to potential consumers. Another example is
the fear generated by TV. Lurid crimes are
given much air time but when national crimes
statistics were at their lowest levels, gun sales
were at their highest. While it may be true
that animated violence has less of a negative
impact and that it actually diffuses anger, the
newer video games show characters that are
almost indistinguishable from real people. The
more real the figures are, the greater likelihood
they are copied.
Media literacy helps children to see themes
and messages that are embedded in ads and
programs so that they can be in more control
of themselves, more free as it were. Besides
becoming more aware of how the media work,
parents can do several things suggested by
the American Academy of Pediatrics. They
include limiting the amount of television
children watch to 1 to 2 hours
a day, monitoring the programs
children watch and restricting
children’s viewing of violent
programs, monitoring the music
videos and films children see, as
well as the music children listen
to, for violent themes; teaching
children alternatives to violence, helping
children distinguish between fantasy and
reality, teaching them that real-life violence has
consequences, for example, asking children to
think about what would happen in real life if
the same type of violent act were committed.
Would anyone die or go to jail? would anyone
be sad? or would the violence solve problems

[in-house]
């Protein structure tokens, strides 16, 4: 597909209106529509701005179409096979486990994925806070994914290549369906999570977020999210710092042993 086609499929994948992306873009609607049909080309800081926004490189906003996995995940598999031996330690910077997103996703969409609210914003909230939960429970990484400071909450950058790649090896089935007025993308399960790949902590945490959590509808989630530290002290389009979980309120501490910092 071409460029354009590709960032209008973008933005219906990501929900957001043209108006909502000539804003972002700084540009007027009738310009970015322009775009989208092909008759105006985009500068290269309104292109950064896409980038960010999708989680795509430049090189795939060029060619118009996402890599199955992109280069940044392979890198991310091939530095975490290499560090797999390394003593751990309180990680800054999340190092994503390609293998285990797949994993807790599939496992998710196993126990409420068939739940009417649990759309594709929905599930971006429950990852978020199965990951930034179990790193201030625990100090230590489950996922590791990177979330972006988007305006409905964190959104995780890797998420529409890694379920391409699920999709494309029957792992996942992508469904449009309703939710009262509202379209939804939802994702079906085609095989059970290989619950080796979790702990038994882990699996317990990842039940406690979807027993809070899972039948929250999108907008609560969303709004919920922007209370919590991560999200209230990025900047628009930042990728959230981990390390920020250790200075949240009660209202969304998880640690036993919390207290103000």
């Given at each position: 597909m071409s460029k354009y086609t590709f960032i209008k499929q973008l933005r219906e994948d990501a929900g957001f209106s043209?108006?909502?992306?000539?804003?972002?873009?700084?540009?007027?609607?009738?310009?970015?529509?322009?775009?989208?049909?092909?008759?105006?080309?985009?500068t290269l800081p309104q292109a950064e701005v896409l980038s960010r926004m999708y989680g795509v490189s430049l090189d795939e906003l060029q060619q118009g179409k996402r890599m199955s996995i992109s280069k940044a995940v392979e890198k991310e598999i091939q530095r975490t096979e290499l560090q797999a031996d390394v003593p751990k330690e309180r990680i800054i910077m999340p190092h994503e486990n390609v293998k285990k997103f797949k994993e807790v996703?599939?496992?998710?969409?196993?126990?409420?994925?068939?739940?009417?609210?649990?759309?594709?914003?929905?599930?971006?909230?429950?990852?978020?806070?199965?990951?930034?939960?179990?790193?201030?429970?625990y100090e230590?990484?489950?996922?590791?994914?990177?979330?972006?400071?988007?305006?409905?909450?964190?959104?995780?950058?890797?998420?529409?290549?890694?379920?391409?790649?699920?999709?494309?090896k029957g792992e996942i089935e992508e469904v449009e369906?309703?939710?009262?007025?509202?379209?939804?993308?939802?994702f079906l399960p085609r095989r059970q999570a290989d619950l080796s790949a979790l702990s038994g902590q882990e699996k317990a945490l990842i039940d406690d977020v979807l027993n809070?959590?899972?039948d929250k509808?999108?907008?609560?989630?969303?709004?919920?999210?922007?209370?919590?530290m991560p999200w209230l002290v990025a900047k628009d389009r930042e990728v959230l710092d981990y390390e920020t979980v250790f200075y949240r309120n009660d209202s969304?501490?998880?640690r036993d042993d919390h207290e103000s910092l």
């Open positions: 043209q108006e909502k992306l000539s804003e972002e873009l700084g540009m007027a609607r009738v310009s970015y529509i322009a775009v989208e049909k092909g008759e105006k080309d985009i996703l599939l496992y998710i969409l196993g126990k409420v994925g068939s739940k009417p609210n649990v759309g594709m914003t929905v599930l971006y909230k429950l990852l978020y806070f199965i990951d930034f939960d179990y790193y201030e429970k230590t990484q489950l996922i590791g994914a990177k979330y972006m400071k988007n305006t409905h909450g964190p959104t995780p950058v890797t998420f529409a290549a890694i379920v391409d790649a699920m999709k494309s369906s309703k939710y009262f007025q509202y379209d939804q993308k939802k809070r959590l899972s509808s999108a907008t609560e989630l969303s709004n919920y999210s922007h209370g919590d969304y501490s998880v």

or create them?
I would also recommend that parents demand
that their schools develop a media literacy
program and boycott advertised products
that air on the most offensive programs (and,
of course tell the networks they are doing it).
We wouldn’t allow a stranger to come into our
house and undermine the values that we teach
our children so why should we allow the media
to do that? We need to take our children back.
Spring 2015
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NHASP Protocol
Adrienne Spector, Editor
490 Kearsarge Avenue
Contoocook, NH 03229-3103
Don’t forget to
check out our website at
www.nhaspweb.org
for the most up to date
information on upcoming
meetings, conferences
and more!
The New Hampshire Association of School Psychologists publishes the Protocol, its official publication, four
times a year and distributes it to members as a membership benefit. We also send copies to all superintendents
of schools in New Hampshire and to members of the NASP newsletter editors’ network. NHASP’s goals are to
serve the education and mental health needs of New Hampshire children.
The contents of this publication, the opinions expressed by the contributors, and any advertisements do not
necessarily reflect the opinions, endorsement, or policy of NHASP, NASP, or their elected, employed, or
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Send items for possible publication to the editor, preferably via e-mail or on disk, using Microsoft Word.
Contributions may be edited to conform to space and format, and to improve clarity, without permission of the
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articles will not be printed.
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25 Hardy Court
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[email protected]